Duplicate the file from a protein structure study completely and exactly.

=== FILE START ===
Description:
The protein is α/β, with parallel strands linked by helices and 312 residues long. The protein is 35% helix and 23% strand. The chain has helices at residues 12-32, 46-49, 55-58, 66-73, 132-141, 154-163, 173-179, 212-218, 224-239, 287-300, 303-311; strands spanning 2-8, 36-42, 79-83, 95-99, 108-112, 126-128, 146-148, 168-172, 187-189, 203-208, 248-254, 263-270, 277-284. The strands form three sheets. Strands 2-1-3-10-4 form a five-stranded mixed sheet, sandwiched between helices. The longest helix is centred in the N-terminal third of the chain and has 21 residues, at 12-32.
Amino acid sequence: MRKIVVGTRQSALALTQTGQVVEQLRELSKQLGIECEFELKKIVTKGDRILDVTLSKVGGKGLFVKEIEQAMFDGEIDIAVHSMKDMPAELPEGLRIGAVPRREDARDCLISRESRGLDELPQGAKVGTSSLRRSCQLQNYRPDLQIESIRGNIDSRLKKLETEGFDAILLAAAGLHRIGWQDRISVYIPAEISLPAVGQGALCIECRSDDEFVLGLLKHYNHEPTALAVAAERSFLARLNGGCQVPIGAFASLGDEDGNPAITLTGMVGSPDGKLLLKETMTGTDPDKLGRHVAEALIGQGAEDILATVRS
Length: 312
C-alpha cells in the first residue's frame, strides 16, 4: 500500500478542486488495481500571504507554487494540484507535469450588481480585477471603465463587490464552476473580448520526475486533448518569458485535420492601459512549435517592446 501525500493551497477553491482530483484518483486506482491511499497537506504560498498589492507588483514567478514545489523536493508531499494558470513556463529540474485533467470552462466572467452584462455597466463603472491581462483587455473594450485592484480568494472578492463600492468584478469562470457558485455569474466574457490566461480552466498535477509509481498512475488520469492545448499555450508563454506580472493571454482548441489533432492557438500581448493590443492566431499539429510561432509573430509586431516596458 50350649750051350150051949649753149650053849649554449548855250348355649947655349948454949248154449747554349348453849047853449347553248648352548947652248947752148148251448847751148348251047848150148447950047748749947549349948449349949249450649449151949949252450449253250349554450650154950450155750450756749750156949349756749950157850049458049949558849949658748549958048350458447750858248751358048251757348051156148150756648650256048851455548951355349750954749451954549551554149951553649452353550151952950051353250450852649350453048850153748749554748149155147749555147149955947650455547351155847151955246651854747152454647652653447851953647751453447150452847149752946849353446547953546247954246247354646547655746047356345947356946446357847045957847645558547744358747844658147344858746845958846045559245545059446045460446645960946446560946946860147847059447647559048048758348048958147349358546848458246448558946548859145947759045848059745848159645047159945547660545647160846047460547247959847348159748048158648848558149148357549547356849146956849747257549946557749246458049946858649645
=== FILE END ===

Description:
The protein is α/β, with parallel strands linked by helices and 312 residues long. The protein is 35% helix and 23% strand. The chain has helices at residues 12-32, 46-49, 55-58, 66-73, 132-141, 154-163, 173-179, 212-218, 224-239, 287-300, 303-311; strands spanning 2-8, 36-42, 79-83, 95-99, 108-112, 126-128, 146-148, 168-172, 187-189, 203-208, 248-254, 263-270, 277-284. The strands form three sheets. Strands 2-1-3-10-4 form a five-stranded mixed sheet, sandwiched between helices. The longest helix is centred in the N-terminal third of the chain and has 21 residues, at 12-32.
Amino acid sequence: MRKIVVGTRQSALALTQTGQVVEQLRELSKQLGIECEFELKKIVTKGDRILDVTLSKVGGKGLFVKEIEQAMFDGEIDIAVHSMKDMPAELPEGLRIGAVPRREDARDCLISRESRGLDELPQGAKVGTSSLRRSCQLQNYRPDLQIESIRGNIDSRLKKLETEGFDAILLAAAGLHRIGWQDRISVYIPAEISLPAVGQGALCIECRSDDEFVLGLLKHYNHEPTALAVAAERSFLARLNGGCQVPIGAFASLGDEDGNPAITLTGMVGSPDGKLLLKETMTGTDPDKLGRHVAEALIGQGAEDILATVRS
Length: 312
C-alpha cells in the first residue's frame, strides 16, 4: 500500500478542486488495481500571504507554487494540484507535469450588481480585477471603465463587490464552476473580448520526475486533448518569458485535420492601459512549435517592446 501525500493551497477553491482530483484518483486506482491511499497537506504560498498589492507588483514567478514545489523536493508531499494558470513556463529540474485533467470552462466572467452584462455597466463603472491581462483587455473594450485592484480568494472578492463600492468584478469562470457558485455569474466574457490566461480552466498535477509509481498512475488520469492545448499555450508563454506580472493571454482548441489533432492557438500581448493590443492566431499539429510561432509573430509586431516596458 50350649750051350150051949649753149650053849649554449548855250348355649947655349948454949248154449747554349348453849047853449347553248648352548947652248947752148148251448847751148348251047848150148447950047748749947549349948449349949249450649449151949949252450449253250349554450650154950450155750450756749750156949349756749950157850049458049949558849949658748549958048350458447750858248751358048251757348051156148150756648650256048851455548951355349750954749451954549551554149951553649452353550151952950051353250450852649350453048850153748749554748149155147749555147149955947650455547351155847151955246651854747152454647652653447851953647751453447150452847149752946849353446547953546247954246247354646547655746047356345947356946446357847045957847645558547744358747844658147344858746845958846045559245545059446045460446645960946446560946946860147847059447647559048048758348048958147349358546848458246448558946548859145947759045848059745848159645047159945547660545647160846047460547247959847348159748048158648848558149148357549547356849146956849747257549946557749246458049946858649645